The decline of parliamentary culture over the last decade poses serious threats to political accountability and probity. Critically examine the reasons for the same while suggesting measures that can be adopted to counter the menace.
Parliament is the temple of democracy. It is forum for legislators to hold the executive accountable. Indian democracy is witnessing a paradox wherein the respect towards parliamentarians is decreasing whereas towards democracy is increasing. The parliament is failing in its role to effectively discharge the duties of political accountability and probity. It is due to:
The anti-defection law doesn’t differentiate between dissent and differences. As a result there is lack of internal democracy among political parties and the parliament has reduced to a mere approving chamber. Thus there is a diminished role of parliament.
Decreasing quality of legislators
The increasing money power in politics has resulted in declining quality of legislators entering parliament. As a result the parliament cannot hold the executive accountable.
The dual membership of the legislators in parliament and executive as led to a perceived notion of parliament as an entry forum to the executive branch rather than being a law making body. As a result the role of the parliament as an accountability chamber is declining.
The parliament is witnessing more of disruptions rather than debates and discussions. Disruption has become a norm rather than debates on contentious issue. The budget session got washed out due to increased disruptions over the Cauvery issue and special status to Andhra.
Polarisation of politics
The politics is getting highly polarised. There is increasing tendency to put things in black and white in a situation when the reality is in grey. This has led to highly disruptive tendencies in parliament.
Reduced number of sittings
At a time when the economy is expanding and socio-economic scenario is getting complex the parliament should have been increasing the number of sittings on a contrary note the number of sittings are reducing. As a resulted there is more of delegated legislation and skeleton legislation, thus reducing role of parliament.
Increasing tendency to take the route of ordinance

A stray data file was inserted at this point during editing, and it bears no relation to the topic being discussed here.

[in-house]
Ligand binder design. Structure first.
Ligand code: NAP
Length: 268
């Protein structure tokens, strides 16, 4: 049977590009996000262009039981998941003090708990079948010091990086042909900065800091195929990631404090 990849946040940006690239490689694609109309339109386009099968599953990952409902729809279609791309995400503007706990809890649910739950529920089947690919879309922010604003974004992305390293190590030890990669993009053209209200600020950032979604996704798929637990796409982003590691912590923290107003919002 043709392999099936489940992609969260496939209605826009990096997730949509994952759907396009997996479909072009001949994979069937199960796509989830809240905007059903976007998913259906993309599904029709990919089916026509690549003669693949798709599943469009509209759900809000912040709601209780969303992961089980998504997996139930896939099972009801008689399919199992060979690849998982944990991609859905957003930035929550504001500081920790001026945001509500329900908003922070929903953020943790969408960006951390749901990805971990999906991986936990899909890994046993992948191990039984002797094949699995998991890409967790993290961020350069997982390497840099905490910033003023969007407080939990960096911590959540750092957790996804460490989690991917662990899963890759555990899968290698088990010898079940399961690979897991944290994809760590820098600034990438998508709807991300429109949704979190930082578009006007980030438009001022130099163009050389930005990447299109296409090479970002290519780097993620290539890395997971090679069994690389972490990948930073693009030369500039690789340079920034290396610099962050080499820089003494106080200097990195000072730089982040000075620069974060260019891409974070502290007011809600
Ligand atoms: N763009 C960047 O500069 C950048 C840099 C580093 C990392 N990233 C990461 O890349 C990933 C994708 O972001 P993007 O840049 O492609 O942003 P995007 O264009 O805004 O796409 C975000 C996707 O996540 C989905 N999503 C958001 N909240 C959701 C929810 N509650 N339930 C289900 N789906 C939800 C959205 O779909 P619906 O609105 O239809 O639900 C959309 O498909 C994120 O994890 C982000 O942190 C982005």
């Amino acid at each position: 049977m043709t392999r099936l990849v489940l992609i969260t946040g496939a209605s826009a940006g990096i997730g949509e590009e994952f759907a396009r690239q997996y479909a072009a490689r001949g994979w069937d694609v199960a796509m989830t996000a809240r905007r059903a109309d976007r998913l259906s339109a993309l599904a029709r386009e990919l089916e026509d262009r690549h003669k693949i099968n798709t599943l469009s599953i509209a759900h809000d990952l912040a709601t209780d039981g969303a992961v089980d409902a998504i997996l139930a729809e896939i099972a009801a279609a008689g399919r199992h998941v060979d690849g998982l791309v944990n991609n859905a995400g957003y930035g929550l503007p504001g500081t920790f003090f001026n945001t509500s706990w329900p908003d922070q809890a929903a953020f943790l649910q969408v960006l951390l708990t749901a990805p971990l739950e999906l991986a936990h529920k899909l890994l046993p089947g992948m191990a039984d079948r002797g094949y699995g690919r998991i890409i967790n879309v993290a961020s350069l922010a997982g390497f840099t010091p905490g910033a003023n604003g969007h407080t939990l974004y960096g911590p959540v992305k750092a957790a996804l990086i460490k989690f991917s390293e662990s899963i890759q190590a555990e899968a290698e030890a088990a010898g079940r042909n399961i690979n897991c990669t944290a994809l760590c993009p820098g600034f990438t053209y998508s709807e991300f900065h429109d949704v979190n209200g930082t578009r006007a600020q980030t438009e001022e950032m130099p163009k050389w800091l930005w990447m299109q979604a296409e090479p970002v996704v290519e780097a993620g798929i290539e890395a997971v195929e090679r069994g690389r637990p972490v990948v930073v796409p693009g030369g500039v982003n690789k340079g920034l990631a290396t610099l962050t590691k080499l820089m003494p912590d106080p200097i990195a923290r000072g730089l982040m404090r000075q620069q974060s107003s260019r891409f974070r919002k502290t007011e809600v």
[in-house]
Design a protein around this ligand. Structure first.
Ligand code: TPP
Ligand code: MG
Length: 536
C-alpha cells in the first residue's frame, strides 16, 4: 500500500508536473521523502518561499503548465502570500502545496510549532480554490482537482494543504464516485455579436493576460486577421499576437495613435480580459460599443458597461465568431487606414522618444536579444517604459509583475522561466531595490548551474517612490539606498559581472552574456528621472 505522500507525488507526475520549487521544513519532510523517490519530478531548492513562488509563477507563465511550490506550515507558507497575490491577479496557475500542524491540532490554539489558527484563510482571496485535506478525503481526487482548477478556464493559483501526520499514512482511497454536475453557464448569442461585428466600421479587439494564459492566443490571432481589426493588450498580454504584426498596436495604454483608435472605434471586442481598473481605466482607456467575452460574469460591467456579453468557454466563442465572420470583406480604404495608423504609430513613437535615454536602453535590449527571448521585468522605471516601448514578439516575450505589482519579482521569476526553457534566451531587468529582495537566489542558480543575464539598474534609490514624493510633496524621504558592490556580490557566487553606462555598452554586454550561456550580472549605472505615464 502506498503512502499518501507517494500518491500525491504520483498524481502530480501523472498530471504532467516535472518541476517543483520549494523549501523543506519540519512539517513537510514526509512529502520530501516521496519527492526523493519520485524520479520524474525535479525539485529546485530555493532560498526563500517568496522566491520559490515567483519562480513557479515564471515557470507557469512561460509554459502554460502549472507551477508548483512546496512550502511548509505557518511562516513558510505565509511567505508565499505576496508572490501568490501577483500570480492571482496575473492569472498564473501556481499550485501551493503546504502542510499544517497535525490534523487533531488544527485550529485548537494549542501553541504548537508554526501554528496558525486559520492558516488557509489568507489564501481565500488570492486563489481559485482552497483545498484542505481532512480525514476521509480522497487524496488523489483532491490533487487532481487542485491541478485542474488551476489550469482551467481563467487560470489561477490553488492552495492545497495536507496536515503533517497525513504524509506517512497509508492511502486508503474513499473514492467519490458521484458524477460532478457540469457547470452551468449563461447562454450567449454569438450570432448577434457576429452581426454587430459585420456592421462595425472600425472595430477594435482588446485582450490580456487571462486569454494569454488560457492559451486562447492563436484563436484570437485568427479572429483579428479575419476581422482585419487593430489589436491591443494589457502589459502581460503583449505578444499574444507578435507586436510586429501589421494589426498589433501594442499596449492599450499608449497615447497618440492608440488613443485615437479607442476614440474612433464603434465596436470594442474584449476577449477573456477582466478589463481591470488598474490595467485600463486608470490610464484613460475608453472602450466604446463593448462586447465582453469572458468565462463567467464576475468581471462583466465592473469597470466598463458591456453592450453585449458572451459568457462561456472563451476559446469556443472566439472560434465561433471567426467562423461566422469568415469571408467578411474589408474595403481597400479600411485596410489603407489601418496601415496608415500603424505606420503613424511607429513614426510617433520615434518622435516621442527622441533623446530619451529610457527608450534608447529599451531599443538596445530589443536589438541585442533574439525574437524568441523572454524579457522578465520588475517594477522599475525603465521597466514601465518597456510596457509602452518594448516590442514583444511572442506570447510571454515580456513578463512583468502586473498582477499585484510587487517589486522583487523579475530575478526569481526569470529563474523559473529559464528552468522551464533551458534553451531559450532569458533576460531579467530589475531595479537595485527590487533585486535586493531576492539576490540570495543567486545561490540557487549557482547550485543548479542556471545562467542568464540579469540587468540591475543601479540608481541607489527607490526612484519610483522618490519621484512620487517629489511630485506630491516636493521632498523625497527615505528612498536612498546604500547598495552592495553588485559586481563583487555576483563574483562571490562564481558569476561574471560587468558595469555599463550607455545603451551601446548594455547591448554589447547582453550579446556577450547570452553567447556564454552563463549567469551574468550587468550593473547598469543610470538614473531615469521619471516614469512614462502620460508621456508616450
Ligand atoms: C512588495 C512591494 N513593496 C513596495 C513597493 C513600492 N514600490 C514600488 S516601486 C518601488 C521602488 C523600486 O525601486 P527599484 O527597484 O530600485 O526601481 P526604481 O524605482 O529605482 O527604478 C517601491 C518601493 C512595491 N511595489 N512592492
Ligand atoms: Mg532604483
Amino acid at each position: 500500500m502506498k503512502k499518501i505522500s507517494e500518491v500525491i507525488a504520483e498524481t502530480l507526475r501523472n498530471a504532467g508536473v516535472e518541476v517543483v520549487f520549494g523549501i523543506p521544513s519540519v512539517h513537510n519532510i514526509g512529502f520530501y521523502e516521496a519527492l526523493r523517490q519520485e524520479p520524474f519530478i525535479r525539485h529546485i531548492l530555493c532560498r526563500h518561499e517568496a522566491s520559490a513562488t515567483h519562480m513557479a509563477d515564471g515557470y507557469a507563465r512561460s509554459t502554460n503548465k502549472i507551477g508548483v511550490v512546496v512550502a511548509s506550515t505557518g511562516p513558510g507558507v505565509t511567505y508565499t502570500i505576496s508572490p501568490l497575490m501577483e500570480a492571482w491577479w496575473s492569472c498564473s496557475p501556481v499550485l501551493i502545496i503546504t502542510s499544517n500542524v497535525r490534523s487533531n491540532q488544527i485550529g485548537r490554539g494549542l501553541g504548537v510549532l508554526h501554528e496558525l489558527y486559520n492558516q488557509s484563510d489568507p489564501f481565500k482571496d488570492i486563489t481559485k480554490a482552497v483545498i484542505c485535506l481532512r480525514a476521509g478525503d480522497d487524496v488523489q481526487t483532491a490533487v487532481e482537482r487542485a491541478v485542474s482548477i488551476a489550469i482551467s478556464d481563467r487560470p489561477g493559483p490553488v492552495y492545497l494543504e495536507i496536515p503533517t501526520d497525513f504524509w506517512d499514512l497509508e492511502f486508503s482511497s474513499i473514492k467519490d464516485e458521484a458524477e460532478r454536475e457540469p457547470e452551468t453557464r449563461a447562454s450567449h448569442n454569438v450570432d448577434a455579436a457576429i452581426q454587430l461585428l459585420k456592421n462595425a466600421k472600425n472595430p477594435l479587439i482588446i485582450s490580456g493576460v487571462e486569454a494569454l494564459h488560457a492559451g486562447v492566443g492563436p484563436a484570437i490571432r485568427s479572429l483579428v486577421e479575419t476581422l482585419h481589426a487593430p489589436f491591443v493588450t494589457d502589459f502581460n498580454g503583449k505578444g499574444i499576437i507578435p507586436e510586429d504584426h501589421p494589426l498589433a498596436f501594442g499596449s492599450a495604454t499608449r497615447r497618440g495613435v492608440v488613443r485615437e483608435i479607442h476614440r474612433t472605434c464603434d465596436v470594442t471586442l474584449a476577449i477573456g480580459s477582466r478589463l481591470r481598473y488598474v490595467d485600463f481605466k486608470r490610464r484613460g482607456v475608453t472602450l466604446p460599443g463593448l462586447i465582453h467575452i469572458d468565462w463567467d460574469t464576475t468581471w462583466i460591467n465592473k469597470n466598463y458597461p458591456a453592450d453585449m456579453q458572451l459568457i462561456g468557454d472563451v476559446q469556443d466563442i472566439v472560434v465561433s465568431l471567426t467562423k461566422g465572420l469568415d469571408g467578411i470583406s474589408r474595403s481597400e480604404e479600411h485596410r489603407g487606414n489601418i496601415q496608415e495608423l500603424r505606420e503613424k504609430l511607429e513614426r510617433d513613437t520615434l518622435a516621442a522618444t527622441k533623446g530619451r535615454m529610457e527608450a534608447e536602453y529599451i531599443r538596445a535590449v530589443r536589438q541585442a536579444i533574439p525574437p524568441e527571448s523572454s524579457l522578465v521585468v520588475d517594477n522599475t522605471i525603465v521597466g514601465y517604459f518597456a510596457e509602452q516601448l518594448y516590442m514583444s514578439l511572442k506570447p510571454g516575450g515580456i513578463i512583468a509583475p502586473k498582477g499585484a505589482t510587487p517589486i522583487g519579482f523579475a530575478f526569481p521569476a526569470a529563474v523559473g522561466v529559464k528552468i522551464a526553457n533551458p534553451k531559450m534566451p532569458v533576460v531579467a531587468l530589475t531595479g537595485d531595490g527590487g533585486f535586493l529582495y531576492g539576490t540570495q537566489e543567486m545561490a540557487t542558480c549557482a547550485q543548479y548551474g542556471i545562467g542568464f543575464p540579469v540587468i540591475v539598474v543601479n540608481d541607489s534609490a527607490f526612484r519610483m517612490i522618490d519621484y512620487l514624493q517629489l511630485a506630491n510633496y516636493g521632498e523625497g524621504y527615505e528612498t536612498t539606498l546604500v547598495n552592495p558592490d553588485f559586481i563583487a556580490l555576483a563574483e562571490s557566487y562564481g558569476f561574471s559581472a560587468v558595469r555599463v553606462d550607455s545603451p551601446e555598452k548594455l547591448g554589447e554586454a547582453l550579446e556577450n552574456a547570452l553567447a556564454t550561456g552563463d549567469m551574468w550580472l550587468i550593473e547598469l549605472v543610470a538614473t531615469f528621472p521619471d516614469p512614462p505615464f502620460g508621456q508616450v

Legislation through ordinance has seen an increase in the new socio-political scenario. This has reduced the role of parliament.
Politicisation of role of speaker
The office of speaker is getting politicised. As a result there is lack of confidence towards the office of speaker. Hence there is more number of disruptions leading to declining role of parliament.
Playing for media
The live coverage of the parliament sessions and increasing tendency to play to the gallery and media has led to deteriorating quality of parliament.
Measures that need to be taken to address the declining role of parliament
Increased role of opposition in designing of sessions
Opposition must be given more space in deciding the business procedures. So that there can be more of discussions in parliament and there are more number of avenues for opposition members to put their views and objections rather than taking route of disruptions.
Objectivity in the role of speaker
The discretionary powers of speaker in accepting the adjournment motion or testifying money bill has resulted in increased dissatisfaction among the opposition members leading to disruptions.
Internal democracy among political parties
There must be structural mechanisms to enforce the internal democracy among political parties by amending the representation of peoples act. This will enhance the quality of decision making and the democratic atmosphere.
Statutory provisions for the minimum number of sittings
Though there are conventions which demand minimum of 60 sittings of parliament per year. There are no statutory provisions. The statutory provisions need to be enforced to ensure and bring objectivity towards parliamentary sittings.
More power to speaker and chairman to act against unruly MPs
Parliament has to function effectively for the success of democracy. Lack of functioning of parliament will lead to deteriorated accountability of parliament towards legislature. This will lead to anarchy.